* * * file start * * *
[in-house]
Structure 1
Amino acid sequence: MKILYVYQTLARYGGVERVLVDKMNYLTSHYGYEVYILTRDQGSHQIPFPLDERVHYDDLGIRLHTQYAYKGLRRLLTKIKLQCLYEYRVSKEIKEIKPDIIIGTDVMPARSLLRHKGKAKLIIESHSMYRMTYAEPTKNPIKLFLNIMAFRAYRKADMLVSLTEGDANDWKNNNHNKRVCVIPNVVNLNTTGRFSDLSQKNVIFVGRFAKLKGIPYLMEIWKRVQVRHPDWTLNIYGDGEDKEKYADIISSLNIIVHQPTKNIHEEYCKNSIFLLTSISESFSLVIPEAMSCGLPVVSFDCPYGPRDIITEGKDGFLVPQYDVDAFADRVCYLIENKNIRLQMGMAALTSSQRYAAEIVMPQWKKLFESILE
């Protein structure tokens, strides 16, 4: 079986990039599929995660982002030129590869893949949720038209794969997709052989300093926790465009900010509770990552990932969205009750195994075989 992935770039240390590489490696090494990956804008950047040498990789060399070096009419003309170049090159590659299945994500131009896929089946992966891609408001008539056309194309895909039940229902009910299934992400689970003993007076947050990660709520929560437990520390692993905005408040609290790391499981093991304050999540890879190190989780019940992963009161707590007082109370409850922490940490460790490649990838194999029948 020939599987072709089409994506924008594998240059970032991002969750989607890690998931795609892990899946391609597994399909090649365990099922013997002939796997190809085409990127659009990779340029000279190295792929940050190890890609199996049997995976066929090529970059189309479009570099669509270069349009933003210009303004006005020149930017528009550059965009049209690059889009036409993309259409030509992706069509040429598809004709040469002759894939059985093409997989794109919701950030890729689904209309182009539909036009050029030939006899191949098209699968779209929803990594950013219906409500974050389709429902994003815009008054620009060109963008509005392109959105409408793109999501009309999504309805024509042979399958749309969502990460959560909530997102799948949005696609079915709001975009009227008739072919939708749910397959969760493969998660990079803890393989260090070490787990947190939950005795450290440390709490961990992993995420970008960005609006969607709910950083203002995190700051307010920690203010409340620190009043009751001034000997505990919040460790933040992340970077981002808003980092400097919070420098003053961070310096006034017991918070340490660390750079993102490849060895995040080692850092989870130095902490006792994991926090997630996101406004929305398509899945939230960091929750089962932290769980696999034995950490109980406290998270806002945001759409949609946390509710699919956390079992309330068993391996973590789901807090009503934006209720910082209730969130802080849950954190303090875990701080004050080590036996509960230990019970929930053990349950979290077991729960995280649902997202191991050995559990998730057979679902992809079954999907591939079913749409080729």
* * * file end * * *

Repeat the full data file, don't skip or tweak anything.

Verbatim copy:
[in-house]
Structure 1
Amino acid sequence: MKILYVYQTLARYGGVERVLVDKMNYLTSHYGYEVYILTRDQGSHQIPFPLDERVHYDDLGIRLHTQYAYKGLRRLLTKIKLQCLYEYRVSKEIKEIKPDIIIGTDVMPARSLLRHKGKAKLIIESHSMYRMTYAEPTKNPIKLFLNIMAFRAYRKADMLVSLTEGDANDWKNNNHNKRVCVIPNVVNLNTTGRFSDLSQKNVIFVGRFAKLKGIPYLMEIWKRVQVRHPDWTLNIYGDGEDKEKYADIISSLNIIVHQPTKNIHEEYCKNSIFLLTSISESFSLVIPEAMSCGLPVVSFDCPYGPRDIITEGKDGFLVPQYDVDAFADRVCYLIENKNIRLQMGMAALTSSQRYAAEIVMPQWKKLFESILE
């Protein structure tokens, strides 16, 4: 079986990039599929995660982002030129590869893949949720038209794969997709052989300093926790465009900010509770990552990932969205009750195994075989 992935770039240390590489490696090494990956804008950047040498990789060399070096009419003309170049090159590659299945994500131009896929089946992966891609408001008539056309194309895909039940229902009910299934992400689970003993007076947050990660709520929560437990520390692993905005408040609290790391499981093991304050999540890879190190989780019940992963009161707590007082109370409850922490940490460790490649990838194999029948 020939599987072709089409994506924008594998240059970032991002969750989607890690998931795609892990899946391609597994399909090649365990099922013997002939796997190809085409990127659009990779340029000279190295792929940050190890890609199996049997995976066929090529970059189309479009570099669509270069349009933003210009303004006005020149930017528009550059965009049209690059889009036409993309259409030509992706069509040429598809004709040469002759894939059985093409997989794109919701950030890729689904209309182009539909036009050029030939006899191949098209699968779209929803990594950013219906409500974050389709429902994003815009008054620009060109963008509005392109959105409408793109999501009309999504309805024509042979399958749309969502990460959560909530997102799948949005696609079915709001975009009227008739072919939708749910397959969760493969998660990079803890393989260090070490787990947190939950005795450290440390709490961990992993995420970008960005609006969607709910950083203002995190700051307010920690203010409340620190009043009751001034000997505990919040460790933040992340970077981002808003980092400097919070420098003053961070310096006034017991918070340490660390750079993102490849060895995040080692850092989870130095902490006792994991926090997630996101406004929305398509899945939230960091929750089962932290769980696999034995950490109980406290998270806002945001759409949609946390509710699919956390079992309330068993391996973590789901807090009503934006209720910082209730969130802080849950954190303090875990701080004050080590036996509960230990019970929930053990349950979290077991729960995280649902997202191991050995559990998730057979679902992809079954999907591939079913749409080729």